This is Part IX of a series about how I proposed to Serach. Part I is here, Part II is here, Part III is here, and Part IV is here, Part V is here, Part VI is here, Part VII is here, Part VIII is here. Or, you could simply use the dropdown menu on the left side of the blog titled "How I Met Serach". I'm currently giving the background of the story...Ez: Wow. I didn't realize that it's been 7-1/2 months since I left off, but the truth is, I didn't know where to take it from there. I'd finished recapping the first date, and I don't think that the mundane portions of our dating are all that interesting to read about, though I guess one never knows. In addition, I'm obviously not going to put a lot of portions up on this blog; those are for us.* Soooo... the next few parts are going to be a little more choosy, picking out various parts and stories that I think are worth telling over. Enjoy!
The day after our first date was Thanksgiving Day 2003. I was headed to my friend and chavrusa Jon's house for my first ever Thanksgiving "feast"; and quite a feast it was. Meanwhile, Serach was headed to Los Angeles to celebrate the birth of her newest nephew. Sometime over the next couple of days, Jon - whom you may recall we met through - called up his good friend Serach and said,
"You know... I think maybe you should date Ezzie."That got a nice big WHAT!?!??!, but that led to an amusing conversation over the phone between Serach and myself, as we contemplated our next steps. Serach mentioned that it seemed that with a few people she'd dated, she'd never really been 'asked' on a date; it seemed to just 'happen'. Now, here we were, and the same thing had happened. Of course, sap that I
Serach responded, "Umm, I think we already are."
"Fine. Serach, will you go out on a date with me?"Awwww. So romantic!
We had a number of deep and fascinating conversations about a myriad of subjects over the next week or so, as it would be a while until we'd have a chance to actually have that date. Without a car on my part, and a license on her part, we could only try and meet up in Manhattan when we both had enough time to do so. We'd just have to stick to the phones for a while.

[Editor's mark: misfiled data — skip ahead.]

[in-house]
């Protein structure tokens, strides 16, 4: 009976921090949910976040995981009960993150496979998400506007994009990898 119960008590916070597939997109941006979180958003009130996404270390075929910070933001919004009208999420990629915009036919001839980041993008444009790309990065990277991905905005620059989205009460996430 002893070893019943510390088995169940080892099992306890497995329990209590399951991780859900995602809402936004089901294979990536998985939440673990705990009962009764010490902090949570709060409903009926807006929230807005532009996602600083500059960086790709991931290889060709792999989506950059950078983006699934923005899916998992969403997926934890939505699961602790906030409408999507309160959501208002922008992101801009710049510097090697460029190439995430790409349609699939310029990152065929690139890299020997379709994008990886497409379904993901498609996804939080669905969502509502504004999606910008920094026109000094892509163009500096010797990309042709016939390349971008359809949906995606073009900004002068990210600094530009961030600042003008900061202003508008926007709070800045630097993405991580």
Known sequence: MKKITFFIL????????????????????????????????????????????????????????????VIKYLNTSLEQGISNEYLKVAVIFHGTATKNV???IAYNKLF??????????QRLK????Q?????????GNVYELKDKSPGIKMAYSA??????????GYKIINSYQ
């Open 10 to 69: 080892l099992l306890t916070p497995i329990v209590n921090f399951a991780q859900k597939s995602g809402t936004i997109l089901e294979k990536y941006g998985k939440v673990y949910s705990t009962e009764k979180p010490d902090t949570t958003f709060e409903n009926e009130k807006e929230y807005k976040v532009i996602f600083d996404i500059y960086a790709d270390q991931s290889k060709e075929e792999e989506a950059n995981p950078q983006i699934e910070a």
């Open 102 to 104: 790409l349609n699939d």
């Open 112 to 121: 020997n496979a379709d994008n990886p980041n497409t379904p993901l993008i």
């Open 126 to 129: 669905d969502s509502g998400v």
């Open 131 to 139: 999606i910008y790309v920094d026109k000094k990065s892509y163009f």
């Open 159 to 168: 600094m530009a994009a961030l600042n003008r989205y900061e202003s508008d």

In one of those conversations, I expressed - or rather, had trouble expressing a lot of what I may have wanted to... but not because I didn't know how, but because I wouldn't let myself. I was afraid: Afraid to sound dumb, afraid to embarrass myself... just afraid in general. It was at this point that Serach picked up on my thoughts and immediately said a line that I've liked forever since, and which may seem awfully familiar:
Be yourself; because the people who care don't matter, and the people who matter don't care.While for some this may come easy, this was something I'd long struggled with, though 7 years in a dorm, particularly my experiences in my two years in Israel, had gotten me much better at this. Now, I doubt that most of my friends who've known me only since after high school would believe I was ever like that. Those are the same people who don't believe I was ever shy, either. :) But the applicability of the line is endless. Some people have trouble being themselves in day-to-day life; some people when confronted with certain situations; some people have trouble when they go against the grain; and others seem to rebel without managing to be themselves. I think most people would be happier if they allowed themselves to be themselves.
As you can probably see, this was obviously a very important line for me. Less important but slightly more troubling was another comment she made:
"What!? You've never had sushi!? Oh, we're definitely going to be getting sushi on our date, then!"Uh-oh. Next time: Sushi, Drunks, & Meeting Friends.
Ezzie: I'm writing the story as I remember it, and unfortunately that sometimes results in skipping some details. When I remember them, I'll try to fill them in; possibly in the comments, possibly in the posts if it won't make it too disjointed. If anything is unclear or you have any questions, feel free to ask! Serach won't admit it, but she's been reading the story [and lately, other posts, too!] - maybe she'll fill in some of the details and her perspective at some point. I'm still hoping. :)* ...and to varying degrees: Our parents; our siblings; certain close friends; my roommates - who had the opportunity to hear waaay too many [err, loud] arguments between various people that were on speaker and I found out later could be heard not just in my own room, but in the living room/kitchen and other rooms as well; and various other random people from relatives to people we'll likely never see again, but will always have intense gratitude for.